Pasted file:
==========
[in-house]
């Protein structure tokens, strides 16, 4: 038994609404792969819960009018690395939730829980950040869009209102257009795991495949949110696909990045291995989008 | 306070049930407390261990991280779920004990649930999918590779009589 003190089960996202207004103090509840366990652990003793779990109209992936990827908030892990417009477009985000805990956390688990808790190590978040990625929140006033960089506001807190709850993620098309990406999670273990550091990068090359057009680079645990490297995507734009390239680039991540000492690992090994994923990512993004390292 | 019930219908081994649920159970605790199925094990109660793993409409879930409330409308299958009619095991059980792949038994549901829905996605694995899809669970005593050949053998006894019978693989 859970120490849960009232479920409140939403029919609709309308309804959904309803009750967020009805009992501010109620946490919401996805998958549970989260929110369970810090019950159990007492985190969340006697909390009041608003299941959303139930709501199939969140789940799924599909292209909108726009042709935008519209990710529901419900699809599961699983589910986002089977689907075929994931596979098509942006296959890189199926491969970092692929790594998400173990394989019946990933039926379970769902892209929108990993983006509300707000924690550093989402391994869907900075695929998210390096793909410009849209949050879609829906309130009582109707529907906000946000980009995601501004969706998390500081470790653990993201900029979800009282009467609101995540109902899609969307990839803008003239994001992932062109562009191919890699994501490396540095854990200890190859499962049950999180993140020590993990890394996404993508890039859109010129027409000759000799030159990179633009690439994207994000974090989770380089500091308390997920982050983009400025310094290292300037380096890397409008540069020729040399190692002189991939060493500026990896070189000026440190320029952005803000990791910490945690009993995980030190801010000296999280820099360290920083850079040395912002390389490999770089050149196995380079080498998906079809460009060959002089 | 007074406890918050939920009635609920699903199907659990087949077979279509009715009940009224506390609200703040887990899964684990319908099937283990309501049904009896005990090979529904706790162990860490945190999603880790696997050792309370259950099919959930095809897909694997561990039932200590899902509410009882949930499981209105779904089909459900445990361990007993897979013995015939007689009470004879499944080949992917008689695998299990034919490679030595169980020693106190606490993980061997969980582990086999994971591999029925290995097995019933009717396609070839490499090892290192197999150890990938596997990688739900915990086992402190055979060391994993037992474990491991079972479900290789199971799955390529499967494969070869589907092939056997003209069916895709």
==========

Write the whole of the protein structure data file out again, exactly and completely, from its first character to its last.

[in-house]
């Protein structure tokens, strides 16, 4: 038994609404792969819960009018690395939730829980950040869009209102257009795991495949949110696909990045291995989008 | 306070049930407390261990991280779920004990649930999918590779009589 003190089960996202207004103090509840366990652990003793779990109209992936990827908030892990417009477009985000805990956390688990808790190590978040990625929140006033960089506001807190709850993620098309990406999670273990550091990068090359057009680079645990490297995507734009390239680039991540000492690992090994994923990512993004390292 | 019930219908081994649920159970605790199925094990109660793993409409879930409330409308299958009619095991059980792949038994549901829905996605694995899809669970005593050949053998006894019978693989 859970120490849960009232479920409140939403029919609709309308309804959904309803009750967020009805009992501010109620946490919401996805998958549970989260929110369970810090019950159990007492985190969340006697909390009041608003299941959303139930709501199939969140789940799924599909292209909108726009042709935008519209990710529901419900699809599961699983589910986002089977689907075929994931596979098509942006296959890189199926491969970092692929790594998400173990394989019946990933039926379970769902892209929108990993983006509300707000924690550093989402391994869907900075695929998210390096793909410009849209949050879609829906309130009582109707529907906000946000980009995601501004969706998390500081470790653990993201900029979800009282009467609101995540109902899609969307990839803008003239994001992932062109562009191919890699994501490396540095854990200890190859499962049950999180993140020590993990890394996404993508890039859109010129027409000759000799030159990179633009690439994207994000974090989770380089500091308390997920982050983009400025310094290292300037380096890397409008540069020729040399190692002189991939060493500026990896070189000026440190320029952005803000990791910490945690009993995980030190801010000296999280820099360290920083850079040395912002390389490999770089050149196995380079080498998906079809460009060959002089 | 007074406890918050939920009635609920699903199907659990087949077979279509009715009940009224506390609200703040887990899964684990319908099937283990309501049904009896005990090979529904706790162990860490945190999603880790696997050792309370259950099919959930095809897909694997561990039932200590899902509410009882949930499981209105779904089909459900445990361990007993897979013995015939007689009470004879499944080949992917008689695998299990034919490679030595169980020693106190606490993980061997969980582990086999994971591999029925290995097995019933009717396609070839490499090892290192197999150890990938596997990688739900915990086992402190055979060391994993037992474990491991079972479900290789199971799955390529499967494969070869589907092939056997003209069916895709």